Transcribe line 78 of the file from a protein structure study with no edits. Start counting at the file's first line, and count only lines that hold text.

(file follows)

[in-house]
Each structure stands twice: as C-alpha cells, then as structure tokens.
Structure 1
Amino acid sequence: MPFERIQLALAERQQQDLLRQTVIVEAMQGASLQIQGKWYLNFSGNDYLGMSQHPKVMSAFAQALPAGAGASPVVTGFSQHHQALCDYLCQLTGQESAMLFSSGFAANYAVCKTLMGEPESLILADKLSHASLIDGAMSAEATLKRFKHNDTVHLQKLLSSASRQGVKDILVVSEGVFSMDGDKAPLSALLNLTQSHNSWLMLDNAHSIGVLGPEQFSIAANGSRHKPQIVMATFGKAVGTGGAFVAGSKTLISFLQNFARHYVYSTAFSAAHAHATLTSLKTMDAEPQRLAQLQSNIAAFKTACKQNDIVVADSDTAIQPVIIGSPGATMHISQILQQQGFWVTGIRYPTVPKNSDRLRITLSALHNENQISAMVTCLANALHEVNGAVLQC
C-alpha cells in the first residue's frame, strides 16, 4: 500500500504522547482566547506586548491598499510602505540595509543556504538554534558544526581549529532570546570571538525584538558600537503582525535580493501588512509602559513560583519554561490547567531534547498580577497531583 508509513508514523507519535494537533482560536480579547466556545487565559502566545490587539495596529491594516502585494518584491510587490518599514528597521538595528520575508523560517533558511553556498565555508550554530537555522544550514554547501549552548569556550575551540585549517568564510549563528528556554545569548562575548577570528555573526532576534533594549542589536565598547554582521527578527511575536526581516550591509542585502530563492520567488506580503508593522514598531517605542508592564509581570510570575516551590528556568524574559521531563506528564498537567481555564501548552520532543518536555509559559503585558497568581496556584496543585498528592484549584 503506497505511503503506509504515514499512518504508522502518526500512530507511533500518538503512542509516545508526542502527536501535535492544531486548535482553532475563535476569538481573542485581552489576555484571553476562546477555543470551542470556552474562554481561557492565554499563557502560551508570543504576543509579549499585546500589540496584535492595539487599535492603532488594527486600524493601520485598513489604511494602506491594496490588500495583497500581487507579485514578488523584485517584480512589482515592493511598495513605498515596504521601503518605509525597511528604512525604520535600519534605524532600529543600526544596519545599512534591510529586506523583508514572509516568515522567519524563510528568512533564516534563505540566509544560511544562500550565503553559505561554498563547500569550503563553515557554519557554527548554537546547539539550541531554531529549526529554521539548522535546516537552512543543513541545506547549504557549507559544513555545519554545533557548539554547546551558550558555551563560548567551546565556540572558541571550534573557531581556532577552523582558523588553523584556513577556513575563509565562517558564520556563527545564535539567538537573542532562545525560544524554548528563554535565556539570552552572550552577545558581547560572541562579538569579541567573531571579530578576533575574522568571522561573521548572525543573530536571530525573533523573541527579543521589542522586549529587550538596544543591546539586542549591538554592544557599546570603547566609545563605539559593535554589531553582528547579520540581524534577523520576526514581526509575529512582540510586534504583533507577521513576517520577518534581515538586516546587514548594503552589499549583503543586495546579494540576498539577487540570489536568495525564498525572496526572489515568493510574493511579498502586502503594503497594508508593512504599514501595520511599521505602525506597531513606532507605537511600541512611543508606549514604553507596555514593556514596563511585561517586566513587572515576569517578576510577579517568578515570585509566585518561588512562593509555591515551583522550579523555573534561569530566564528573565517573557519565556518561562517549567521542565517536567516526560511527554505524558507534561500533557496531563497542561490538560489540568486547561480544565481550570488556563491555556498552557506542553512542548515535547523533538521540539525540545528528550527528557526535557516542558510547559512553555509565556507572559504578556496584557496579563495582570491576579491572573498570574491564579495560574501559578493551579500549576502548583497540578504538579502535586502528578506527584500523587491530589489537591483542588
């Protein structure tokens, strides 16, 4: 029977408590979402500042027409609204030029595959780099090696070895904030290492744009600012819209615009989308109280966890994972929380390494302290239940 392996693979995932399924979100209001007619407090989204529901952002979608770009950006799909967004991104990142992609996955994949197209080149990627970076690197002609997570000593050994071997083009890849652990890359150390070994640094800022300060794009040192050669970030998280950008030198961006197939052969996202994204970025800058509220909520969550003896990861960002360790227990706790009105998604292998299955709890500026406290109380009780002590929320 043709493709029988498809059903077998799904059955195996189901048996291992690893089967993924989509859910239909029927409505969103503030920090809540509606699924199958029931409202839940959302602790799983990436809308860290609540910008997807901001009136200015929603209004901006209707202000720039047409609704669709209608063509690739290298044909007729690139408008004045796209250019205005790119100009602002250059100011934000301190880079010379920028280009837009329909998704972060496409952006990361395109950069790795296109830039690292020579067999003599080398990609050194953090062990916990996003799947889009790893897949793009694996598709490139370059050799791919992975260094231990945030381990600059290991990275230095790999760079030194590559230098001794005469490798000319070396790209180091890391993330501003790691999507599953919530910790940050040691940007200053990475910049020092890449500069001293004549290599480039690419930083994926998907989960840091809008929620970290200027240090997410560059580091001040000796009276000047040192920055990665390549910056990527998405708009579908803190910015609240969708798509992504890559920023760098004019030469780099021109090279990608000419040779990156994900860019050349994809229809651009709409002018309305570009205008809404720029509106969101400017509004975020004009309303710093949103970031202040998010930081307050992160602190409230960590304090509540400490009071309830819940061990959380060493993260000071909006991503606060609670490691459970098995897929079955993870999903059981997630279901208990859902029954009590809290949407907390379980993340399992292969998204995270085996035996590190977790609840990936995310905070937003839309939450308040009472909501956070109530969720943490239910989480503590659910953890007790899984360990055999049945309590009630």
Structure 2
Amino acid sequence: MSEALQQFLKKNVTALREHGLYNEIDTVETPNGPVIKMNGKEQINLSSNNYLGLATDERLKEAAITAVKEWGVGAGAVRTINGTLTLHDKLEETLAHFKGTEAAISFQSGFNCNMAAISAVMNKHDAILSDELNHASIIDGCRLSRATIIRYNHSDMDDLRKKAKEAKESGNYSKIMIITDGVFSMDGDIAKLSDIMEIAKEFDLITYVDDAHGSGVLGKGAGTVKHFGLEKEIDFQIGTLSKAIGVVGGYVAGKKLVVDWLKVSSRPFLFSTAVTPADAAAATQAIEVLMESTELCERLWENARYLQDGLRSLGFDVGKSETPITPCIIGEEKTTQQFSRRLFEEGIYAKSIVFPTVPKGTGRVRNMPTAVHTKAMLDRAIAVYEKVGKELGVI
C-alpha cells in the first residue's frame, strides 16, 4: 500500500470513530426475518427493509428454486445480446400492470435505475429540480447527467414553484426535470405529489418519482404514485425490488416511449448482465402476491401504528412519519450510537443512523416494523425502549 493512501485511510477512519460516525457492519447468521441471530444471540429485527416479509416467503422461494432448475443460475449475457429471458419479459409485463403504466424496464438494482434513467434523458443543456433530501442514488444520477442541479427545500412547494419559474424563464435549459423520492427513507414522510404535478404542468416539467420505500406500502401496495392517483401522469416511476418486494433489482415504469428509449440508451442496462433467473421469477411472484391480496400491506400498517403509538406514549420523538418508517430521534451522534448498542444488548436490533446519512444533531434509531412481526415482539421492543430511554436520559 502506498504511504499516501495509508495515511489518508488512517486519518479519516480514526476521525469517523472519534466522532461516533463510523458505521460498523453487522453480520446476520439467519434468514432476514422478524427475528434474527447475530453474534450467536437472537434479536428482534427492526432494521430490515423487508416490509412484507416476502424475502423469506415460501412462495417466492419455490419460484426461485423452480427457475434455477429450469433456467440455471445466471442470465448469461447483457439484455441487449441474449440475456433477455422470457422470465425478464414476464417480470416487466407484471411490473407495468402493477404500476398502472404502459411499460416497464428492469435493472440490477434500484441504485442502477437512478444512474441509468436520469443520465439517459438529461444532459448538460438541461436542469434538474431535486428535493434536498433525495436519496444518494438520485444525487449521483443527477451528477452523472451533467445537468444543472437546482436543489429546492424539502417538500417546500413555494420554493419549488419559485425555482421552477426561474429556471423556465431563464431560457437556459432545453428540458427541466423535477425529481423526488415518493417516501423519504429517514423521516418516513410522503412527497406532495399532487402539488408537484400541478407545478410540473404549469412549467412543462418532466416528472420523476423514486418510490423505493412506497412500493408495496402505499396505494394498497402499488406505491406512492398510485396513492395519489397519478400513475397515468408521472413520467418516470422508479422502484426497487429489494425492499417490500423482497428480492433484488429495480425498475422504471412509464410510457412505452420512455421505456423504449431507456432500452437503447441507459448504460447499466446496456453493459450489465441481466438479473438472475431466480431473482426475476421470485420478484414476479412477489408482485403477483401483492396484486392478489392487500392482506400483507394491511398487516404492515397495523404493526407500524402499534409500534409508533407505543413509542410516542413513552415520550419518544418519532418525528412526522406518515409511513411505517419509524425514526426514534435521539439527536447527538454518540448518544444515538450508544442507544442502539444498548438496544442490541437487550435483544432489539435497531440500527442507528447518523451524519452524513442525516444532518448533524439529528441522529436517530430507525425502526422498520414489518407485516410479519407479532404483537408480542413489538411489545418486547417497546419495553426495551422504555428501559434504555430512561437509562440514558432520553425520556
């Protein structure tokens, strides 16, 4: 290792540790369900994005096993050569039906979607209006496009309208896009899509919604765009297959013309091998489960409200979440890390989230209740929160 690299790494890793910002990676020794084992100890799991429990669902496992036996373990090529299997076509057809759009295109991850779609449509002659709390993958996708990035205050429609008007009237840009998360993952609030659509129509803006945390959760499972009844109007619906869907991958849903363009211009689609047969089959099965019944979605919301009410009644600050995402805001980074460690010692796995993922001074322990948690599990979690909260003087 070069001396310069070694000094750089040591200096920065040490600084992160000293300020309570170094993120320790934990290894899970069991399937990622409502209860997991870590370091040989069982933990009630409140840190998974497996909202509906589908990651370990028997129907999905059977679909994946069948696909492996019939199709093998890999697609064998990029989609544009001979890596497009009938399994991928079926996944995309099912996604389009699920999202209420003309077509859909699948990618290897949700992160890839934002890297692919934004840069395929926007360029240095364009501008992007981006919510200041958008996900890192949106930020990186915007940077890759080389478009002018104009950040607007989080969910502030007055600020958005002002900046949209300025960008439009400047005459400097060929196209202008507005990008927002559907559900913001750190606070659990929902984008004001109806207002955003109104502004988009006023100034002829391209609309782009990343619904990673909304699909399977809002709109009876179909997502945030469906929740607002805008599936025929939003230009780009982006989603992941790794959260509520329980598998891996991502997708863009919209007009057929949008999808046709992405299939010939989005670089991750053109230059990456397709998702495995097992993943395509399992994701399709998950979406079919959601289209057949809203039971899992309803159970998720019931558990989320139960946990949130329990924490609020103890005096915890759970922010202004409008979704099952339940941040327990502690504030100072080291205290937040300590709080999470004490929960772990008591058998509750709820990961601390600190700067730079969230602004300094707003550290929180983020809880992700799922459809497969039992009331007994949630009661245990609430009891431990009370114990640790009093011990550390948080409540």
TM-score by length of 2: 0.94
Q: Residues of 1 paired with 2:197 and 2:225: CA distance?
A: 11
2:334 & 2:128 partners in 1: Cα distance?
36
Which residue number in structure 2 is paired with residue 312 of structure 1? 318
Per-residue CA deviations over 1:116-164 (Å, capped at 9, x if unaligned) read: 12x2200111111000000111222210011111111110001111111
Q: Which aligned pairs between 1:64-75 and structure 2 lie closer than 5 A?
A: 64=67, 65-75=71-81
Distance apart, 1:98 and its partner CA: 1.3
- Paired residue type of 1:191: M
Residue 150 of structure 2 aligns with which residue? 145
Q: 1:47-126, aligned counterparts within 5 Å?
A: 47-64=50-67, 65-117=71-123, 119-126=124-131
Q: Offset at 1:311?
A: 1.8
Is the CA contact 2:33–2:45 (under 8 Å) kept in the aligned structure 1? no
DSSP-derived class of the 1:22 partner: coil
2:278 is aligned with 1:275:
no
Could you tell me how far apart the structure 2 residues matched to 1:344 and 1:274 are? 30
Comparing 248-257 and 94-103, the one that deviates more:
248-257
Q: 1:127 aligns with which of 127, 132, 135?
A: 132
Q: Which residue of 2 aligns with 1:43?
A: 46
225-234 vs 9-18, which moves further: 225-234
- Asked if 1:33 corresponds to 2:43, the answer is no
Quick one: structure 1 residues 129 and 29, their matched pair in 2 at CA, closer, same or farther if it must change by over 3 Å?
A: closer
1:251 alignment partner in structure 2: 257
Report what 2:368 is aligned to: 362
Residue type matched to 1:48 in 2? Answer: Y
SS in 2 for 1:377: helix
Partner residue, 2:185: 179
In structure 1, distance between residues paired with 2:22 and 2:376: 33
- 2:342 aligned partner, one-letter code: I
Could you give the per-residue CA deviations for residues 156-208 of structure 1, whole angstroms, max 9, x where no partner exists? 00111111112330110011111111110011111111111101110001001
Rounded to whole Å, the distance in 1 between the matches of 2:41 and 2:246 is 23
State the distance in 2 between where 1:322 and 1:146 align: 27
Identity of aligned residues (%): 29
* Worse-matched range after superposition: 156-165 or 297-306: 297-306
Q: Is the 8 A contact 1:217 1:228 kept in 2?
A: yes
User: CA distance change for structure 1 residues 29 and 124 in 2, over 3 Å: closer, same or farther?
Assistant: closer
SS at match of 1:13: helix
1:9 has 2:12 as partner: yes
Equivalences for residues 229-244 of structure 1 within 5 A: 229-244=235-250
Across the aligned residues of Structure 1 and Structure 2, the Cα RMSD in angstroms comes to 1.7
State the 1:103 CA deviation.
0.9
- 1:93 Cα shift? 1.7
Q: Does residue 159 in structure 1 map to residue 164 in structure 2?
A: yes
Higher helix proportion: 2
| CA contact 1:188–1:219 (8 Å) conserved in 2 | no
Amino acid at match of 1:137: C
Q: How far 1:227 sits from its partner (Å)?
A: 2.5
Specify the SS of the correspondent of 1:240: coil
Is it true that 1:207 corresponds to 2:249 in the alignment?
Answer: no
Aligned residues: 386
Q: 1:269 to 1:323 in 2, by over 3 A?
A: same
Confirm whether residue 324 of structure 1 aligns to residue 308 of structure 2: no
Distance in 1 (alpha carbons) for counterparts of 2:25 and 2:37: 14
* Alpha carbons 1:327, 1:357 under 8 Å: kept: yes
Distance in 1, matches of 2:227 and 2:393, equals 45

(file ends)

Confirm whether residue 324 of structure 1 aligns to residue 308 of structure 2: no